spctl --status in your Terminal and the result should be
Time Machine backup
Backups are a must. They allow you to go back and find deleted files, restore a stolen Mac, and just have a general peace of mind that your files are available on at least two devices.
With Mac, backups are so easy, it’s a crime not to have Time Machine set up. All you need is an external disk that you choose as a Time Machine disk and you’re good to go. Just make sure you plug it in at least every week. And if you have it regularly connected to an external disk drive, check the automatic backup as well.
When you’re creating the Time Machine disk make sure you encrypt it. The same rules apply as for using Filevault for your Mac.
WiFi connection is secure
Unsecure WiFi is defined as one where the connection between your Mac and the access point is not encrypted. This usually happens on public hotspots. In those cases, you’ll want to use a VPN (Virtual Private Network), or it’s strongly recommended you avoid doing sensitive things – like sending important emails, accessing bank accounts, or shopping.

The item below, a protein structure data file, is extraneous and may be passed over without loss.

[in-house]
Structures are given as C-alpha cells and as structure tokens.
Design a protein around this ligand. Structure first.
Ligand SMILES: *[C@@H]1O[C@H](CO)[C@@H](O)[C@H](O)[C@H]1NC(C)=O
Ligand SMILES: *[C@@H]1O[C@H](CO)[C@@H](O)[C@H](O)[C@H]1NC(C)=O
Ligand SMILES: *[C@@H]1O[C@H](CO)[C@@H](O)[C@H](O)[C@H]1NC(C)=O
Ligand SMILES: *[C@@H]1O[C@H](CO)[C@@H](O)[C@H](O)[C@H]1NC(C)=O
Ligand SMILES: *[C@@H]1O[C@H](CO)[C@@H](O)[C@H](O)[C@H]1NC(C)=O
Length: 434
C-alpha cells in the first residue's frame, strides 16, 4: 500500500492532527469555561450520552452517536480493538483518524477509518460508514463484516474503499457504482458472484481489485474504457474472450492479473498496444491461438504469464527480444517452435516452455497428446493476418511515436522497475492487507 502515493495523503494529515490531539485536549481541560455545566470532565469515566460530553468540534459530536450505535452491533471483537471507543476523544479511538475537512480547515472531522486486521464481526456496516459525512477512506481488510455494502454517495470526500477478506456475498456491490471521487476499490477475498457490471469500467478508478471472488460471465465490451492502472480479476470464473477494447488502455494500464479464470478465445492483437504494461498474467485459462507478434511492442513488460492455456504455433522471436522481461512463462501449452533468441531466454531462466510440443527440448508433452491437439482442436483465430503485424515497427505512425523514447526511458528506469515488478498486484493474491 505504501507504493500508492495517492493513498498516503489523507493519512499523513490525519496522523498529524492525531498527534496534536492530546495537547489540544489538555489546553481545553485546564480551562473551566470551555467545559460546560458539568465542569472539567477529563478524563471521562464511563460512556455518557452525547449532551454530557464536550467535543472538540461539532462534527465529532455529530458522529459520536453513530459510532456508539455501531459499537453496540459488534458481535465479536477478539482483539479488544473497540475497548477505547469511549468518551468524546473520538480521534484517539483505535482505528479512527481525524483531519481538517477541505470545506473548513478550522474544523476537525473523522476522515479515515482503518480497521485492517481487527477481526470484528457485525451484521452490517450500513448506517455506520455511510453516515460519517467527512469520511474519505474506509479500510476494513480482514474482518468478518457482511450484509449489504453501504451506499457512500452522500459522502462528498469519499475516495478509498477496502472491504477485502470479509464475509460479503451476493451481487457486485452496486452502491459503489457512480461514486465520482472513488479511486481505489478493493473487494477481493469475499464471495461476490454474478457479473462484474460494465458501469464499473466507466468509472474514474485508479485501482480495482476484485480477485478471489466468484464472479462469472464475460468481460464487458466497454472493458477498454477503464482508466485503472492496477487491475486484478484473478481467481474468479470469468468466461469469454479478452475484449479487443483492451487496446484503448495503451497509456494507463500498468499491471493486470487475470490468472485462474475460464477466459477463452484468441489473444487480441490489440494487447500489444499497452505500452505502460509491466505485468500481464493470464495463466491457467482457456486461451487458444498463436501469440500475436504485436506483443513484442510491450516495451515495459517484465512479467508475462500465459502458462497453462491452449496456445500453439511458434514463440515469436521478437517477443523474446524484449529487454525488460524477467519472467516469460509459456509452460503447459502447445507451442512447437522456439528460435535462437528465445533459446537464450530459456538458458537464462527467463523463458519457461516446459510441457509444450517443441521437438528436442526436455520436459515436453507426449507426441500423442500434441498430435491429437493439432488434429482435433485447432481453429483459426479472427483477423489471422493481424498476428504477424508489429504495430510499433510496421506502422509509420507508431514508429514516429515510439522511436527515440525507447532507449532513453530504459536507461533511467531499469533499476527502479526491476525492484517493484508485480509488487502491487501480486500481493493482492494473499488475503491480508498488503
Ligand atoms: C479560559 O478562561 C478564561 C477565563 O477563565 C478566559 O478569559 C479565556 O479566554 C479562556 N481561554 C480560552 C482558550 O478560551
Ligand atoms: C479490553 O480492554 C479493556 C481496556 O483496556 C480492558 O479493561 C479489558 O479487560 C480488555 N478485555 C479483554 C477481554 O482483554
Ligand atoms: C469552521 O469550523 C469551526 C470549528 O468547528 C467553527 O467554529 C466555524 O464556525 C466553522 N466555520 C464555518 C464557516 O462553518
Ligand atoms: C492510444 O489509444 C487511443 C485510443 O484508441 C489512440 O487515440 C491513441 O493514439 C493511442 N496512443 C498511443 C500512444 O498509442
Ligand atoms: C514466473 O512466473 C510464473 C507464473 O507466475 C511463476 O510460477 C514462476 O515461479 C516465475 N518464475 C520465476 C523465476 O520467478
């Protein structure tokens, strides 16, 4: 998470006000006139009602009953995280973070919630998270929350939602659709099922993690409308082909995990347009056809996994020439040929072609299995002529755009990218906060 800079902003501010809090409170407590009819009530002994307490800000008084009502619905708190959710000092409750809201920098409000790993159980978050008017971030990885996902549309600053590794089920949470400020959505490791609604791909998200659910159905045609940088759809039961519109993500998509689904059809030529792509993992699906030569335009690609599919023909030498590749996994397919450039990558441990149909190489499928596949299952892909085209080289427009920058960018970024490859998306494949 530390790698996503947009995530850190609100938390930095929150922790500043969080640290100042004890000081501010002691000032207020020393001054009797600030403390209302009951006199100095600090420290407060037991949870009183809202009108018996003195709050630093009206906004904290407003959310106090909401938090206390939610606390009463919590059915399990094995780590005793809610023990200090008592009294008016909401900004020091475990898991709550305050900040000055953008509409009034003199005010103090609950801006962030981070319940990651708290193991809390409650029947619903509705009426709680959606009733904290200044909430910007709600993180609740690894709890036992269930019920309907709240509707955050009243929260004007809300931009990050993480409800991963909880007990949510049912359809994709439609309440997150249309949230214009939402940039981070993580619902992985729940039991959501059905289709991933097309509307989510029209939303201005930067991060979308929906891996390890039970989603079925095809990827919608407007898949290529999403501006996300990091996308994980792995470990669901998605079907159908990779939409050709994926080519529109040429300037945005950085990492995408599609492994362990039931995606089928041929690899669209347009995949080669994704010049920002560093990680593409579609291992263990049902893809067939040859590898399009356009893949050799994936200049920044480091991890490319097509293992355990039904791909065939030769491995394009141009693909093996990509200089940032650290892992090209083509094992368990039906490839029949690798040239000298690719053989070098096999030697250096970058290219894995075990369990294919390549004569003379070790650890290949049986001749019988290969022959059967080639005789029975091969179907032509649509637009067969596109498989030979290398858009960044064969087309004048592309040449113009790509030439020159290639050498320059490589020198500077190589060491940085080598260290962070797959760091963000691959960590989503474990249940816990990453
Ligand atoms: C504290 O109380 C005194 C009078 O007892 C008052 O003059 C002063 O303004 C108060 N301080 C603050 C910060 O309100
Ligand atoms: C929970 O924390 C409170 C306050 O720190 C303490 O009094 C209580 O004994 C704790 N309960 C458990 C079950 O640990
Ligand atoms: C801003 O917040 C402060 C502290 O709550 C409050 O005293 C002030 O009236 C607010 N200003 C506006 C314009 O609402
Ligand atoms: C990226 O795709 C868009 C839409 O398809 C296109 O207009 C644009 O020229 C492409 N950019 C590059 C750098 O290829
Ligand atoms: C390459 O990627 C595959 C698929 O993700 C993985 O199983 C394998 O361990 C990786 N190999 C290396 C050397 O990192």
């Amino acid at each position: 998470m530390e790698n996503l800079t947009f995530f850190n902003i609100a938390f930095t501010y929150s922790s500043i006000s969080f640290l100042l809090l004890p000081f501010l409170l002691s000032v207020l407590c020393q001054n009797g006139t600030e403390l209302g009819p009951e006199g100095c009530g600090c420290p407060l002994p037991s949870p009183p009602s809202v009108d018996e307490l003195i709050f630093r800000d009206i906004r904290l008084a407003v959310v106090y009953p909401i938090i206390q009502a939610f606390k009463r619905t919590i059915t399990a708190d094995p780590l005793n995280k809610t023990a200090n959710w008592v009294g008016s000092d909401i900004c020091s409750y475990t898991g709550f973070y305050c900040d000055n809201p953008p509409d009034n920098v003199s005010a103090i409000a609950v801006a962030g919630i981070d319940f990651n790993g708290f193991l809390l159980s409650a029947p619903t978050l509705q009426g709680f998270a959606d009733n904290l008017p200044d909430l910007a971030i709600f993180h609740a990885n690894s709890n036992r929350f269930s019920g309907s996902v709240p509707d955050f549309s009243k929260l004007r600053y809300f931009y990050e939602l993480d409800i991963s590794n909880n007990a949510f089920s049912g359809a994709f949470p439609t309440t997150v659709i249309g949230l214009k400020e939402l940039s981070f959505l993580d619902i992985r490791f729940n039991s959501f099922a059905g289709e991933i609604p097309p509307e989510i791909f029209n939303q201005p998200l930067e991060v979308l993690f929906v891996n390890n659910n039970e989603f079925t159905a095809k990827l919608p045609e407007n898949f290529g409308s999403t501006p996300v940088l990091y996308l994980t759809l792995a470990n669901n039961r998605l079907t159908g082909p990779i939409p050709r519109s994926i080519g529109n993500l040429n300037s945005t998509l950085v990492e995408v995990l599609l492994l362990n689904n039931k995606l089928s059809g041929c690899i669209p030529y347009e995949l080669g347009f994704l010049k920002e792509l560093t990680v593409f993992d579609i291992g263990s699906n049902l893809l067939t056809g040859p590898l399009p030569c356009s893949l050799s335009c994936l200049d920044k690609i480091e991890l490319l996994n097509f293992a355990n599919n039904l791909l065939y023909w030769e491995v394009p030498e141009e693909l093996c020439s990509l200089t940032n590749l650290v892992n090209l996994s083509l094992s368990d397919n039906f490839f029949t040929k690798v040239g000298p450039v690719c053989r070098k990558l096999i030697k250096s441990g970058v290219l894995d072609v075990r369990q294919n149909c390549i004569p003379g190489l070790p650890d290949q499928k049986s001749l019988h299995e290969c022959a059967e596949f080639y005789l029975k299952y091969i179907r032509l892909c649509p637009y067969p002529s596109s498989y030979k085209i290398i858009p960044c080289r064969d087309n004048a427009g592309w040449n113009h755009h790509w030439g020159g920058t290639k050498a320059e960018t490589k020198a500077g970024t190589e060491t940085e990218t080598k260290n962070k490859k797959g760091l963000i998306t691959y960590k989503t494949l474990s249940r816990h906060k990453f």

Other Security Considerations for Mac Users
With the above, you’ve covered the 80%. Here are a few more tasks if you want to be more thorough in your cyber security.
While Mac has Keychain as a password manager, it leaves a lot to be desired. If you are sharing passwords with your coworkers, employees or family, you’ll want to use a better password manager. There are two main options: 1Password and DashLane, both with similar features and offer easier control of your passwords.
A note on antivirus software on Macs
There are many antivirus and anti-malware options out there. However, for us, as a company of almost 10 Mac devices and with most of us with them for more than a decade, we haven’t ever had issues with viruses.
It is completely up to you. If you feel you might benefit from antivirus protection and you don’t trust your browsing habits, then feel free to purchase one. But if you know the risks when it comes to clicking links and plugging in USB keys, then the chances of getting a virus are really slim.